In addition to natural sources, there are a number of beverages, foods, and even medications that contain added caffeine (9). In fact, even decaffeinated beverages such as coffee and tea often have a little bit of caffeine left in them as a result of processing (20).
There are many supposed health benefits of caffeine ranging from improving athletic performance to preventing type 2 diabetes. While some of these effects have been proven, others still require further study:
- Migraines and Headaches: Caffeine’s effect on migraines appears mixed. On one hand, certain analgesics (pain relievers) that target migraines often contain a bit of caffeine combined with aspirin or acetaminophen as it is recognized to be helpful in treating certain types of migraines. On the other hand, the absence of caffeine may trigger migraines for individuals who consume caffeine regularly (i.e.getting a headache after missing your regular morning ‘cuppa)(10, 11).
- Alertness: If you’re a regular coffee or tea drinker you’re probably aware of how caffeine keeps your attention at a focus. One study went a little bit further and looked at the effects of combining caffeine with glucose (sugar). It appears that combining caffeine and a bit of food energy seems to improve mental alertness better than caffeine alone- just another reason to have breakfast with that cup of coffee (12).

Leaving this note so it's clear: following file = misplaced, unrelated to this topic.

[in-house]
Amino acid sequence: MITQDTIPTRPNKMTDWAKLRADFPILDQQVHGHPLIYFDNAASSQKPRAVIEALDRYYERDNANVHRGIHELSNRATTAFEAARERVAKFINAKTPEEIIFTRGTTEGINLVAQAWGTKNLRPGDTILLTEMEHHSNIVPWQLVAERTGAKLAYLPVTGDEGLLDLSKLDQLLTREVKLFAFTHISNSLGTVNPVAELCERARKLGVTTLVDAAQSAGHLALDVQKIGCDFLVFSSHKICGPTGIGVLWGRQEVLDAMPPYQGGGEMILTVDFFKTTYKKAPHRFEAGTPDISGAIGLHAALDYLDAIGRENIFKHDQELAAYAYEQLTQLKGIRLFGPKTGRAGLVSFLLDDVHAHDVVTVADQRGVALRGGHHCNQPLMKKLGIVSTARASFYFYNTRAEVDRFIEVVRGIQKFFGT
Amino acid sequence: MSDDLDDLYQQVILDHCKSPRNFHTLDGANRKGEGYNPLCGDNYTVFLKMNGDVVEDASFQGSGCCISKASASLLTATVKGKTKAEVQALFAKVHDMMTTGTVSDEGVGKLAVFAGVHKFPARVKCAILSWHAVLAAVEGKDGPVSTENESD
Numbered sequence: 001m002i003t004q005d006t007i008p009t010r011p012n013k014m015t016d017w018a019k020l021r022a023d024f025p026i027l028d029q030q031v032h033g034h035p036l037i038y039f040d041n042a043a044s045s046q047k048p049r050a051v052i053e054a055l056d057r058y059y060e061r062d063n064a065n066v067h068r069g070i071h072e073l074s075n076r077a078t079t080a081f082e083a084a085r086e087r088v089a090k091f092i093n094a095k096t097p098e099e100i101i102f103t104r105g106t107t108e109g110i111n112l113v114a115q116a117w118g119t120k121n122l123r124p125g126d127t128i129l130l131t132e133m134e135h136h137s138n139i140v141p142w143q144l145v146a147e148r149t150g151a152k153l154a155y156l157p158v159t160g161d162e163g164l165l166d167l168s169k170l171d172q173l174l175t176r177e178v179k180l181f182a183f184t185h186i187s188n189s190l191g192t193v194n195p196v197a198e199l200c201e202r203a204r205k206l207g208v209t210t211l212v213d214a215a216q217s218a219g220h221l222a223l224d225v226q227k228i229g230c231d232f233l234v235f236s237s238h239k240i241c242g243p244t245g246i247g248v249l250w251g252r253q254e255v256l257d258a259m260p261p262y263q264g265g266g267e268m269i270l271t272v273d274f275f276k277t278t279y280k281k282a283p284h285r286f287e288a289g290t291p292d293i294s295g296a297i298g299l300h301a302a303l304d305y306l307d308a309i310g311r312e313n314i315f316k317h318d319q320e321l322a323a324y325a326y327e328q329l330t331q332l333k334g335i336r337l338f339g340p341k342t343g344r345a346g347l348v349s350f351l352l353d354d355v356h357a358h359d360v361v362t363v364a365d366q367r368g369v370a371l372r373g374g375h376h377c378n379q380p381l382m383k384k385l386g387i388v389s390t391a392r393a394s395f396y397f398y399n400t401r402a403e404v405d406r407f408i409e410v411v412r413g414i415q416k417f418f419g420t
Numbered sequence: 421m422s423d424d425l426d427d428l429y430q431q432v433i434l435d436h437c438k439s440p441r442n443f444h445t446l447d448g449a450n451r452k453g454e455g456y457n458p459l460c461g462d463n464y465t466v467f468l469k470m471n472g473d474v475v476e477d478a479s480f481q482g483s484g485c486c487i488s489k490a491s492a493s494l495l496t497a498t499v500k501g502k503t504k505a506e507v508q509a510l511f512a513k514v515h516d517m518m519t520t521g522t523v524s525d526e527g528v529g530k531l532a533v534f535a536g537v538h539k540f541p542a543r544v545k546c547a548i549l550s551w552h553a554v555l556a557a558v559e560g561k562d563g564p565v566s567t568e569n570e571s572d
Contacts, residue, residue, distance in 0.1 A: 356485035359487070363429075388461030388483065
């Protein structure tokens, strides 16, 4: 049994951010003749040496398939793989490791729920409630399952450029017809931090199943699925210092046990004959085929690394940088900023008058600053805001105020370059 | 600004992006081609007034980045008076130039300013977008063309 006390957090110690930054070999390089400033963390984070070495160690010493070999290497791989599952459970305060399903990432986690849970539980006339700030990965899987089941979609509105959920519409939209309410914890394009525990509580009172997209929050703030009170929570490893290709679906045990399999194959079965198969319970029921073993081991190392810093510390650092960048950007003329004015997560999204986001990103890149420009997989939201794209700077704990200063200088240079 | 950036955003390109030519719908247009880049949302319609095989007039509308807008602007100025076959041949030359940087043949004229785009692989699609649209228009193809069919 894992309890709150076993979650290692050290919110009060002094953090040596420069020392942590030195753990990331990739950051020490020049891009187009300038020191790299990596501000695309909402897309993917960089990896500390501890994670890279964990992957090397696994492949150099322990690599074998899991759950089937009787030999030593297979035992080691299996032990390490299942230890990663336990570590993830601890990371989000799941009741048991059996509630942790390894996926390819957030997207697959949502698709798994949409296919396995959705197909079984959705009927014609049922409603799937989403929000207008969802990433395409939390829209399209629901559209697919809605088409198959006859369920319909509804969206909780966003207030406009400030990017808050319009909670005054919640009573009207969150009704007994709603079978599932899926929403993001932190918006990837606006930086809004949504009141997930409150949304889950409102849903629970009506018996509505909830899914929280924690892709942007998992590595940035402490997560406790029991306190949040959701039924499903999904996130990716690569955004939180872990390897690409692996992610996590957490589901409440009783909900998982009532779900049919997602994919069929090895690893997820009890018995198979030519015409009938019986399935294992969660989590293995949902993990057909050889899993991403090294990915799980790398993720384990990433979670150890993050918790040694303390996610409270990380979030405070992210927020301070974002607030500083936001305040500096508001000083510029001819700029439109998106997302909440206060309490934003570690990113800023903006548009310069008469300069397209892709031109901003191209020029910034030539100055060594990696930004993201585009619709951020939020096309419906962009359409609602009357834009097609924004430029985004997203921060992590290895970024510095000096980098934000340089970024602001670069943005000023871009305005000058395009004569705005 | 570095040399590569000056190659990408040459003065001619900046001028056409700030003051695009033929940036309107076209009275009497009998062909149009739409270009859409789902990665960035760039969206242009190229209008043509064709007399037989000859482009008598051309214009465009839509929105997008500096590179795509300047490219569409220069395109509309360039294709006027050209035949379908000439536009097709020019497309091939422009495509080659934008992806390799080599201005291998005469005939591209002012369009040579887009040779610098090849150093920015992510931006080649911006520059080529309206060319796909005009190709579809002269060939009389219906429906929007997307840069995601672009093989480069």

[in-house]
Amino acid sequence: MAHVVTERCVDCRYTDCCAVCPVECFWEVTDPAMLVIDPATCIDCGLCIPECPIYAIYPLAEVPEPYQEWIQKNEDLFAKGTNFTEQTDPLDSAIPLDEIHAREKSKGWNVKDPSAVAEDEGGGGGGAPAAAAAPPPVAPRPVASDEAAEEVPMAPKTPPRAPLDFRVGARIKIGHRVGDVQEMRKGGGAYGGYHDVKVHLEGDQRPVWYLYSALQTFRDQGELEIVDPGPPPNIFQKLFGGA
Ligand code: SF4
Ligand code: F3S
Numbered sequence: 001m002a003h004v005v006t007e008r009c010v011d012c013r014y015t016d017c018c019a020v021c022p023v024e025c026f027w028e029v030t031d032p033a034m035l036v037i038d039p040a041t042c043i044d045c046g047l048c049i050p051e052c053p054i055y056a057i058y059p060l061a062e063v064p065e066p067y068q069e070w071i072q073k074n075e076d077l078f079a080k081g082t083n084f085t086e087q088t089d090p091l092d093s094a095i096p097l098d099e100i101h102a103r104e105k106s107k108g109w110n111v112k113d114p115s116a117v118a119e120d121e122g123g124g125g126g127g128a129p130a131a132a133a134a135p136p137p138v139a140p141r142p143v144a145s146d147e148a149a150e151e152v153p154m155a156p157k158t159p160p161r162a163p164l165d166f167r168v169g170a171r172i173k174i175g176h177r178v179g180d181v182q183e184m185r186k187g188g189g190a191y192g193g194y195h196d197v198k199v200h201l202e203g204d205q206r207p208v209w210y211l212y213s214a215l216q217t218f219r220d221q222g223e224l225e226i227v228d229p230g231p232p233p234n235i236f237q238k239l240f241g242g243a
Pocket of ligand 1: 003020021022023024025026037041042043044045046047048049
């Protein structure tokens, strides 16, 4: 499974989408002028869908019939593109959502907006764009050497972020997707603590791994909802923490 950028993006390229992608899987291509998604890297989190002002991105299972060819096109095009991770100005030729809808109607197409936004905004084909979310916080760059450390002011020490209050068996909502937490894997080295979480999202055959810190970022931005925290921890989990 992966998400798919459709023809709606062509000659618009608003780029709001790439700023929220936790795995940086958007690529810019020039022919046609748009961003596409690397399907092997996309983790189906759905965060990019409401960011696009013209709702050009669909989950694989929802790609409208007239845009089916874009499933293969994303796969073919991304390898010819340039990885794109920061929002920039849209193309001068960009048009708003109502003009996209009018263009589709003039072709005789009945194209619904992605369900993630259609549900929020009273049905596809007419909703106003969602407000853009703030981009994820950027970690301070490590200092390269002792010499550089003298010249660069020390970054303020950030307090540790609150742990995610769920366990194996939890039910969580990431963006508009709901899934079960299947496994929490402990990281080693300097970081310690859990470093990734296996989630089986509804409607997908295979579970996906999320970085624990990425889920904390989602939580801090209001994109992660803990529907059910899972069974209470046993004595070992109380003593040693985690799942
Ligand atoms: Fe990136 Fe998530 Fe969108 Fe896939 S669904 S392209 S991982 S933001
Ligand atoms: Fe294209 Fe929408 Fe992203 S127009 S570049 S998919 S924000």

- Athletic Performance: Caffeine consumption prior to exercise appears to improve endurance and feelings of physical strength while reducing feelings of exertion in both adults and adolescents (13). These effects may be affected by the dose and what time of day caffeine is consumed. For example, there may be a link between improved athletic performance for morning caffeine + exercise rather than evening exercisers (14). In addition, it has been shown that caffeine intake prior to high intensity interval training (HIIT) may increase metabolic rate as well as improve glycogen storage after exercise (22).